Posted by: davidbowerkingwood | June 1, 2012

Perceptions Change, by David Bower

Time is Speeding Up

OK! OK! I know time really isn’t speeding up but sometimes it honestly feels that way to me; it seems as if the older I get the faster time goes by. Do any of you have that feeling too?

The weeks, the months and even the years are just flashing by as I think back on my life. Our children are in their 50’s, how can that be possible; I remember so vividly when they were just little children and now they have adult children of their own, that’s startling when I think about it.

When I see a young woman with her child walking down the street one of the first things that comes to my mind is how brief a time it has been since the mother was the child’s age. As I approach 80, the passage of 20 – 25 years does not seem to be a very long time.

I suppose this is all involved with the way we perceive the passage of time and as we’ve all heard, “perception is everything.” Our perception of life is a learned quality and is dependent on our social environment, our cultural heritage, our general upbringing and our age among other things; it has a profound impact on the way we view people and circumstances.

Thinking in Stereotypes

I have always been intrigued by the way many people, it appears, try to hastily assess other people. Although they may have little or no factual information about the other person some try and produce a label for them so they can pigeon hole them and move on to whatever catches their attention next.

A good example of that occurred when our children were in high school. At that particular high school the kids were placed in one of three groups by the other students: the heads, the kickers, or the jocks. If a particular student wasn’t a really good fit for any of those groups they would be squeezed into the closest group that seemed to fit.

On reflection that approach does seem childish but sadly one still finds that among adults who prefer to quickly classify people by some preconceived notions of dress, speech or mannerisms. I have occasionally commented to Bible classes I’ve taught how strange it is that the only part of us that has not been redeemed just happens to be the only part that can be seen, our physical bodies.

The Visible is Not the Most Meaningful Part of Who We Are

When we look at one another all we can see is the temporary tent we are occupying which is, in fact, in the process of returning to the dust from whence it came. My recent work as an online missionary has brought this forcefully to my mind.

I connect via the internet with a large number of Christian brothers and sisters all over the world that I’ll never see in person in this life. I have no idea how they look and must form my impressions of them by what they write.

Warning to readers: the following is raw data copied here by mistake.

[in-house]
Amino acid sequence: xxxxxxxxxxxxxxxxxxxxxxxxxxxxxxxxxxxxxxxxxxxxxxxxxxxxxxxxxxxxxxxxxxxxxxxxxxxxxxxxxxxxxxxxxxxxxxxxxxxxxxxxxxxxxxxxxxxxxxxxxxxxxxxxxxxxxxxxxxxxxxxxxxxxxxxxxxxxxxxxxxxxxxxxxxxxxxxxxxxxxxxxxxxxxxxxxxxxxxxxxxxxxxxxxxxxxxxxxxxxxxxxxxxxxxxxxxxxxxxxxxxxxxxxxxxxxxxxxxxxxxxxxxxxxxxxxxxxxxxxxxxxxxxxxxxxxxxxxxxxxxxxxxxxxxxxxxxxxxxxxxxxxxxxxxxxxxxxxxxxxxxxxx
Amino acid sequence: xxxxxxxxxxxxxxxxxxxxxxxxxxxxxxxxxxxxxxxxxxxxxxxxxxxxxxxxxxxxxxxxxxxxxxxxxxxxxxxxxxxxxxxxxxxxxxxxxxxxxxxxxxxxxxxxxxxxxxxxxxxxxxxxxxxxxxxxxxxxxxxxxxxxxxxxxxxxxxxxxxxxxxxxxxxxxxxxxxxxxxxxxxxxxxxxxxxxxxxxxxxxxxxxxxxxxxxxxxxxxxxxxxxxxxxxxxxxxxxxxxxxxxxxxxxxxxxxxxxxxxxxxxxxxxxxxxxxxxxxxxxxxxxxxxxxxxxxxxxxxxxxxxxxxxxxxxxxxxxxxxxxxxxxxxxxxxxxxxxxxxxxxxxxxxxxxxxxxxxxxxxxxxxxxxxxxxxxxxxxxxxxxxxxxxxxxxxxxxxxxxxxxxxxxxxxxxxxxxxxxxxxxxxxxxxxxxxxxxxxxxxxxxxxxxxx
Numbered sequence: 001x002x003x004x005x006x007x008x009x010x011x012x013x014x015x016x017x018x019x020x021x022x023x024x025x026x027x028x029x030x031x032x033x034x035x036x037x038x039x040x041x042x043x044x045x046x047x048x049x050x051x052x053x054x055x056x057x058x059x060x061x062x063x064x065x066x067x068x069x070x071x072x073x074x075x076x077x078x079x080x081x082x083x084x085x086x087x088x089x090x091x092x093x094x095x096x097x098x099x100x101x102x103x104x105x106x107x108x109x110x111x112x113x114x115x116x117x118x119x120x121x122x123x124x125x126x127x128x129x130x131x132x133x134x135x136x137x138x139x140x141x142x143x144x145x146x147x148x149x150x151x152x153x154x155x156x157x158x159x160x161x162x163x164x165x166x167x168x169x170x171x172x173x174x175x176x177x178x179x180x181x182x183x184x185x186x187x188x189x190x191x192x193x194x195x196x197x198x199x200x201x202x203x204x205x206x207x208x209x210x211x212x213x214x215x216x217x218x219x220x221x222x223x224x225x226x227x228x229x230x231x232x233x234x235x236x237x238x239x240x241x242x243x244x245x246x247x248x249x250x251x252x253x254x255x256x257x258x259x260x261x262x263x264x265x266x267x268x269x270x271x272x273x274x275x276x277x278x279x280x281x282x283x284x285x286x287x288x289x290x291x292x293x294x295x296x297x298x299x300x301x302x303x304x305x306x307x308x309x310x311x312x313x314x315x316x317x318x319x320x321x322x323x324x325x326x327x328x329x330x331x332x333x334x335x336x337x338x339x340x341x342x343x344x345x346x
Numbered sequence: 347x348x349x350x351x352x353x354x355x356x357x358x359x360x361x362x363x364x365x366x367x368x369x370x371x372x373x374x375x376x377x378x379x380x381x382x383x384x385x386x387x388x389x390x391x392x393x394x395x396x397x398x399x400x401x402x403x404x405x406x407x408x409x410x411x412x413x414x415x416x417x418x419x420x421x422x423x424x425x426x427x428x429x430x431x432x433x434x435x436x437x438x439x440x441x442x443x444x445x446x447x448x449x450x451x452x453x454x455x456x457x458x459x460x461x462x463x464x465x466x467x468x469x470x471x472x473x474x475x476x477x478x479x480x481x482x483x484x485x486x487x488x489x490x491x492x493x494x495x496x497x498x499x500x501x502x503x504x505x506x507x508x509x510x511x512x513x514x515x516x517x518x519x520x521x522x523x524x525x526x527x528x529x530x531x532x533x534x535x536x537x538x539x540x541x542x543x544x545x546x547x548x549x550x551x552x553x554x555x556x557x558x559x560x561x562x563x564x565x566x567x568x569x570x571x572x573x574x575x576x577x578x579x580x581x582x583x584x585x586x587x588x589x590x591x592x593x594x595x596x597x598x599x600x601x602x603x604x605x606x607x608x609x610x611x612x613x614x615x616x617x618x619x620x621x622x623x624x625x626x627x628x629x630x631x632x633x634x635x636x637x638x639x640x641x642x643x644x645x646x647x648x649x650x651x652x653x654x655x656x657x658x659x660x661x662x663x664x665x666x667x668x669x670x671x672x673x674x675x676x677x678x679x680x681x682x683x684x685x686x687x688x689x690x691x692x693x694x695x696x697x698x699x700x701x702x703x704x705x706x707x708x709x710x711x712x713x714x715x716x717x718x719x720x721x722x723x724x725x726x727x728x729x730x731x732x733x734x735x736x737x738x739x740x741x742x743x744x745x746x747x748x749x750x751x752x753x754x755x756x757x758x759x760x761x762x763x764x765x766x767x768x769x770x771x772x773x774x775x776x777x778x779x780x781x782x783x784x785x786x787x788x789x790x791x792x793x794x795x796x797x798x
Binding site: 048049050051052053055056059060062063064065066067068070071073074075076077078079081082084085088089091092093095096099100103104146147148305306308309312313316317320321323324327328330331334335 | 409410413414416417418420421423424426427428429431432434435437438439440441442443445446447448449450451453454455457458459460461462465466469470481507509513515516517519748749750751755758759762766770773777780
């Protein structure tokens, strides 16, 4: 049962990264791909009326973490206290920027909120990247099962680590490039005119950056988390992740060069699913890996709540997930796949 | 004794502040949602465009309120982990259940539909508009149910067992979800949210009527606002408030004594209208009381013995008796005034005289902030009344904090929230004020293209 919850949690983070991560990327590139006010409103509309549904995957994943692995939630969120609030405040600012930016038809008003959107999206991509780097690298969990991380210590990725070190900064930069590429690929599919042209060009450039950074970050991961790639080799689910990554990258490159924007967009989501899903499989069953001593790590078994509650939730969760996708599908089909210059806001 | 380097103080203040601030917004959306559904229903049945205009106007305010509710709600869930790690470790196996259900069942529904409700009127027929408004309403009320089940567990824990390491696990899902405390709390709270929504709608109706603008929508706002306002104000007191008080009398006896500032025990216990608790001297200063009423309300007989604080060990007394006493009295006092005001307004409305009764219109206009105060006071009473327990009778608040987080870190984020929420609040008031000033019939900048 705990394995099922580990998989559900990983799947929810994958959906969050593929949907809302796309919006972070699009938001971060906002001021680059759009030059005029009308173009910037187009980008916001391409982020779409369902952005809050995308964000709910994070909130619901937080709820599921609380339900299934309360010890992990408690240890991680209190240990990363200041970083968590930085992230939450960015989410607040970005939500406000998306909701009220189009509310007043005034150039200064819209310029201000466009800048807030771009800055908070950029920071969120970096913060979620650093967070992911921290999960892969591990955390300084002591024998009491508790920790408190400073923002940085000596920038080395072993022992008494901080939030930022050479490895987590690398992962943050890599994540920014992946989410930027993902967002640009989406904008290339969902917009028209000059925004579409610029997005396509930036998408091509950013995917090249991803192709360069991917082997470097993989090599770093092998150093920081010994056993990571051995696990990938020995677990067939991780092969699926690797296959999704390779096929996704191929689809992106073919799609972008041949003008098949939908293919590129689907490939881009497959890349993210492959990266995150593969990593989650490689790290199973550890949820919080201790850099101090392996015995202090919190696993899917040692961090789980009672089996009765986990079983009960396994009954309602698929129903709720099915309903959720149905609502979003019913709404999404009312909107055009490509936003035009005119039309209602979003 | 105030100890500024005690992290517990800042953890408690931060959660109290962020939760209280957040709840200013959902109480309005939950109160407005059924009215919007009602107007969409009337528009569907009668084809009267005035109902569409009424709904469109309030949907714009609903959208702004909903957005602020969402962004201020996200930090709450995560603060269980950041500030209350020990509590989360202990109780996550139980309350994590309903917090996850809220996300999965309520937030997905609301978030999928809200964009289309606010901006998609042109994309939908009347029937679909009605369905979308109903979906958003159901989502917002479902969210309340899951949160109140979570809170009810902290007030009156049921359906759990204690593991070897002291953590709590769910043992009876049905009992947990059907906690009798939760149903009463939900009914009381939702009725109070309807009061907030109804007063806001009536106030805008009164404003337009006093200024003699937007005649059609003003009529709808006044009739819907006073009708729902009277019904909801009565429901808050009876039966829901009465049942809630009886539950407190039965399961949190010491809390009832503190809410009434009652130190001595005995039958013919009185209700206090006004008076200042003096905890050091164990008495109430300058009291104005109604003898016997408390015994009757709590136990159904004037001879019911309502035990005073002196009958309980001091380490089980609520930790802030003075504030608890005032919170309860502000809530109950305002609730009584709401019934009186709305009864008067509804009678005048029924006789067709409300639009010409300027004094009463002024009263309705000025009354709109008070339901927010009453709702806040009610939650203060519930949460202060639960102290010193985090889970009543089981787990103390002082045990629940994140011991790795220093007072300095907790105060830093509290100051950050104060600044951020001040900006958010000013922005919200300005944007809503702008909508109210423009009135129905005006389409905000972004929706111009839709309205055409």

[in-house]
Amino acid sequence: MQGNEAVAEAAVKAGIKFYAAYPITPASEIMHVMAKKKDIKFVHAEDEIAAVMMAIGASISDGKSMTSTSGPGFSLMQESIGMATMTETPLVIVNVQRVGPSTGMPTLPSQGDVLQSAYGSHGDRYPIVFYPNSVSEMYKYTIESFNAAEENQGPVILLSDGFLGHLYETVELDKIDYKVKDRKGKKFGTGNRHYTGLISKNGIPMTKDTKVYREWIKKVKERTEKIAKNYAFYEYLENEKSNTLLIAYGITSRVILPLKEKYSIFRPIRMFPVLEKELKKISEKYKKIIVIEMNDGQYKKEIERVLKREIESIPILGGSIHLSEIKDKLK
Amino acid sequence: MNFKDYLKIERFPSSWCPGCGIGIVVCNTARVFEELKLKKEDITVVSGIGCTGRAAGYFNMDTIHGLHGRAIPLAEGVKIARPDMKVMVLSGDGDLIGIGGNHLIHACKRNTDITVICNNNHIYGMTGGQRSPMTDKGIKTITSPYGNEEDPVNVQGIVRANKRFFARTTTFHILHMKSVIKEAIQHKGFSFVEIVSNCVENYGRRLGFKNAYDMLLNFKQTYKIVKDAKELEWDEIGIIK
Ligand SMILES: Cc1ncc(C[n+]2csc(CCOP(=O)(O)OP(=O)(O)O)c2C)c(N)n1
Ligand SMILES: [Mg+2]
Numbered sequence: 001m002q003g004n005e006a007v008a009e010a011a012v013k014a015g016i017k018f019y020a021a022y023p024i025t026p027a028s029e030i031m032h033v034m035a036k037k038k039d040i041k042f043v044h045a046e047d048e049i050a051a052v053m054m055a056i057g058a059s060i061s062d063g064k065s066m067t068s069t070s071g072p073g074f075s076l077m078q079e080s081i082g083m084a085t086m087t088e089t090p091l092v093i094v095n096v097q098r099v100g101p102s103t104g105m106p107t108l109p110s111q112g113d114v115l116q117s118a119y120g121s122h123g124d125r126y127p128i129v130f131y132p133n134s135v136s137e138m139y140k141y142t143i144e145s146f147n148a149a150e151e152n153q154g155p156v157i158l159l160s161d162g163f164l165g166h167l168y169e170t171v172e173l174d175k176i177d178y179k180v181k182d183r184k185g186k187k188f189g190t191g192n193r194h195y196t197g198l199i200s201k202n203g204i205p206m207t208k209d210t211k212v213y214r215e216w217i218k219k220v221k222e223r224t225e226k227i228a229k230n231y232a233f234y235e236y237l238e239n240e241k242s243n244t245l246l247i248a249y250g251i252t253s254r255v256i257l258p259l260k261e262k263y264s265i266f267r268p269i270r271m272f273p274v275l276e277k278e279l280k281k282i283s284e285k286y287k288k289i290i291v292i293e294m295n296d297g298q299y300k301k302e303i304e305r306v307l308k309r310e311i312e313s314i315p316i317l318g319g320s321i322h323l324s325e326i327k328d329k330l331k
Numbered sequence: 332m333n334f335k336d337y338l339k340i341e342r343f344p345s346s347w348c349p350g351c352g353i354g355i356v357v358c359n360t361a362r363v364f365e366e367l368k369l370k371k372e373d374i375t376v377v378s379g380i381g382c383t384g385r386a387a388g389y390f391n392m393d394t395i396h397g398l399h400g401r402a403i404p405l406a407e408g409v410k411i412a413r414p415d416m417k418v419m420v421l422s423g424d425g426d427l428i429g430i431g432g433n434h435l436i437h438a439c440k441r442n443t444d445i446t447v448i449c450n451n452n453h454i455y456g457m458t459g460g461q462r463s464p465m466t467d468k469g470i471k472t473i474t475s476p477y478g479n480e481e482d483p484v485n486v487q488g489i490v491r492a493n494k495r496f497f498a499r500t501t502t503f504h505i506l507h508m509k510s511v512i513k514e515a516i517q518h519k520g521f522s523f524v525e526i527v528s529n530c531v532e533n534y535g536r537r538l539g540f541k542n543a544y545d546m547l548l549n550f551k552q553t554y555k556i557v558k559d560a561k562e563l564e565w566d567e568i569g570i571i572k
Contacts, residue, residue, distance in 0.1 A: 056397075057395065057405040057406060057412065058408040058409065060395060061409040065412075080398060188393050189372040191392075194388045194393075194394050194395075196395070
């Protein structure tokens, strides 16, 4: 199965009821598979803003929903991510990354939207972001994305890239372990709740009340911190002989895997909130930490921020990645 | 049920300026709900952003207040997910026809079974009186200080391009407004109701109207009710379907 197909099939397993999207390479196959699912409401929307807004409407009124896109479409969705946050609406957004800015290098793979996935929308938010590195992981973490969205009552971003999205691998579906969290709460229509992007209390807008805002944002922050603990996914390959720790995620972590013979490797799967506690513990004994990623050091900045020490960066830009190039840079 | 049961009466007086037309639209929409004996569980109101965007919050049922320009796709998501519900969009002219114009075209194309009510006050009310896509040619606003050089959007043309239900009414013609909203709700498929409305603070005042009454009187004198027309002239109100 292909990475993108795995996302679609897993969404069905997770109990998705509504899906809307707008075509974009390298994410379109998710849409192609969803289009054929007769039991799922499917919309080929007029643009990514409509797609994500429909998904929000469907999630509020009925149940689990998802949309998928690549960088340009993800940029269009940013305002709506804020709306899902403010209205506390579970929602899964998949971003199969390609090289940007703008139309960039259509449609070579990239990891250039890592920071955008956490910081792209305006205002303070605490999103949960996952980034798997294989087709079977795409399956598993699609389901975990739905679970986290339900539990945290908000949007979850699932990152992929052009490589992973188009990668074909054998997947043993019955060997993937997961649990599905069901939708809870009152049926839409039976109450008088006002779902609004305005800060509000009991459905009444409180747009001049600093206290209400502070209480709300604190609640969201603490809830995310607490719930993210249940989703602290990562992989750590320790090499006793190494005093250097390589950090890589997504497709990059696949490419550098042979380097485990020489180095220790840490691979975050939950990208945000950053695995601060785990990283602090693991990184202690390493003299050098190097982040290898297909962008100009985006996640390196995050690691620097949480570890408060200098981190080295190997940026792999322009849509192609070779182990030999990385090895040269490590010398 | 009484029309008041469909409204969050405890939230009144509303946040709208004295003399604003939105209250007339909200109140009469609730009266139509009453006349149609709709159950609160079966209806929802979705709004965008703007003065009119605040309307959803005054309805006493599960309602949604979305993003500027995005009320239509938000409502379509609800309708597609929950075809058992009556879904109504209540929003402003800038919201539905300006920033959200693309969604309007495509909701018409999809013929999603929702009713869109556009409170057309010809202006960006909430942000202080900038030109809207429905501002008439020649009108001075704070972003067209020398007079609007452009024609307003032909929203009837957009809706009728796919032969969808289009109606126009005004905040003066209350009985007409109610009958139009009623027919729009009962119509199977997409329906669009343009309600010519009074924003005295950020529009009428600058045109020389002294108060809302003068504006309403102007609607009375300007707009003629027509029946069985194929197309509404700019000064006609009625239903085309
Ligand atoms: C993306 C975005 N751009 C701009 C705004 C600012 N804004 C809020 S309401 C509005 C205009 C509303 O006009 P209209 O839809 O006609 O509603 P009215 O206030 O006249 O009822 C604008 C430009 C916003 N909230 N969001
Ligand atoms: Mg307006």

This has brought home to me the relative unimportance of our appearance by comparison with what we think and the nature of our priorities.  For me these precious souls are letters and words wherein they express their hopes and fears. They obviously have bodies but the appearance of their bodies never enters into the matter.

I have frequently reflected on the complete lack of a physical description of Jesus in the Bible. We are given no clue whatsoever as to how Jesus might have looked; it is who He is and what He did and is doing that counts, not how He looked.

I must admit I have somewhat mixed emotions when I see paintings of Jesus, idealized in the mind of some artist to reflect the qualities they suppose He must have had. I fear this may be presumptuous to paint the physical appearance of the Son of God; we’ll know in due time what He looks like.

The Time Perspective

Another thing I’ve noticed is the way individuals of various ages see people and circumstances in distinctly different time frames. Younger people seem to be able to isolate an evening and the individuals involved in that evening into an independent box of time and view all of the components as they exist only in the context of this brief span of time; how they look and act at that moment seems to be the totality of who they are. The evening is the beginning and the end of the event and it’s as if once the event is over the people as they appear cease to exist or become someone else.

As the years pass by that ability seems to be lost; it has become normal and natural for me to see people as total human beings with a past, present, and future; I cannot isolate the present from the past and the future. The fleeting nature of life presses upon my thinking; the time we have on earth seems like the brief flicker of a candle.

I’m reminded of Psalm 103:15-16, “As for man, his days are like grass, he flourishes like a flower of the field; the wind blows over it and it is gone, and its place remembers it no more.”

Psalm 103:17-18 offers words of comfort, “But from everlasting to everlasting the LORD’s love is with those who fear him, and his righteousness with their children’s children–with those who keep his covenant and remember to obey his precepts.”

I find it very exciting when I consider our mortal lives are but a prelude and death is our doorway to eternal life with our Lord Jesus Christ. What a rich blessing, what a glorious future!

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